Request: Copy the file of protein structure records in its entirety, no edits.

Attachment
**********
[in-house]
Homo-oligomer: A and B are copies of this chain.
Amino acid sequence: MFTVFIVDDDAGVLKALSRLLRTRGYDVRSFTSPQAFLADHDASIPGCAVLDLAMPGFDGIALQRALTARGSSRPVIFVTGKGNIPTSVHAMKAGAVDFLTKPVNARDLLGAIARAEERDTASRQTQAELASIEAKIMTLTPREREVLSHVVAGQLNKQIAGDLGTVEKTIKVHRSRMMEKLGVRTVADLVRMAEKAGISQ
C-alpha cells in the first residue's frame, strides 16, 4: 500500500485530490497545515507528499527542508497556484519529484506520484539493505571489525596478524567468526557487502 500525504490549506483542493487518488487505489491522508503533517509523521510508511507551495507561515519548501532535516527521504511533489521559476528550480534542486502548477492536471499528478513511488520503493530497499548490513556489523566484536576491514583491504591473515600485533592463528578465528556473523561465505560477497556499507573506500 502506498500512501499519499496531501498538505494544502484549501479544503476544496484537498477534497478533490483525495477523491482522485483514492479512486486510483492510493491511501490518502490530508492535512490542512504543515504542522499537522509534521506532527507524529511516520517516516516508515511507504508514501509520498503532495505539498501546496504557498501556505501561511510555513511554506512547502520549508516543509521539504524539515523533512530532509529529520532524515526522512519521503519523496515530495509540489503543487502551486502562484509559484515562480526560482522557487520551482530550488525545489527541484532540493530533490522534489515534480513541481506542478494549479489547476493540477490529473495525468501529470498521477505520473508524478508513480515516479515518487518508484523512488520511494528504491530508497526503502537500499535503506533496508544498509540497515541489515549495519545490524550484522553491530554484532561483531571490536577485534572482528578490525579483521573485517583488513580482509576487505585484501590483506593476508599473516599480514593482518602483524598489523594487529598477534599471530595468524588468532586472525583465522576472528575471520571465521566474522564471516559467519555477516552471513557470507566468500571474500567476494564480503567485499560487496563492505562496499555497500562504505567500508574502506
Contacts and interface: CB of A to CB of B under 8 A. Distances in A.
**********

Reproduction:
[in-house]
Homo-oligomer: A and B are copies of this chain.
Amino acid sequence: MFTVFIVDDDAGVLKALSRLLRTRGYDVRSFTSPQAFLADHDASIPGCAVLDLAMPGFDGIALQRALTARGSSRPVIFVTGKGNIPTSVHAMKAGAVDFLTKPVNARDLLGAIARAEERDTASRQTQAELASIEAKIMTLTPREREVLSHVVAGQLNKQIAGDLGTVEKTIKVHRSRMMEKLGVRTVADLVRMAEKAGISQ
C-alpha cells in the first residue's frame, strides 16, 4: 500500500485530490497545515507528499527542508497556484519529484506520484539493505571489525596478524567468526557487502 500525504490549506483542493487518488487505489491522508503533517509523521510508511507551495507561515519548501532535516527521504511533489521559476528550480534542486502548477492536471499528478513511488520503493530497499548490513556489523566484536576491514583491504591473515600485533592463528578465528556473523561465505560477497556499507573506500 502506498500512501499519499496531501498538505494544502484549501479544503476544496484537498477534497478533490483525495477523491482522485483514492479512486486510483492510493491511501490518502490530508492535512490542512504543515504542522499537522509534521506532527507524529511516520517516516516508515511507504508514501509520498503532495505539498501546496504557498501556505501561511510555513511554506512547502520549508516543509521539504524539515523533512530532509529529520532524515526522512519521503519523496515530495509540489503543487502551486502562484509559484515562480526560482522557487520551482530550488525545489527541484532540493530533490522534489515534480513541481506542478494549479489547476493540477490529473495525468501529470498521477505520473508524478508513480515516479515518487518508484523512488520511494528504491530508497526503502537500499535503506533496508544498509540497515541489515549495519545490524550484522553491530554484532561483531571490536577485534572482528578490525579483521573485517583488513580482509576487505585484501590483506593476508599473516599480514593482518602483524598489523594487529598477534599471530595468524588468532586472525583465522576472528575471520571465521566474522564471516559467519555477516552471513557470507566468500571474500567476494564480503567485499560487496563492505562496499555497500562504505567500508574502506
Contacts and interface: CB of A to CB of B under 8 A. Distances in A.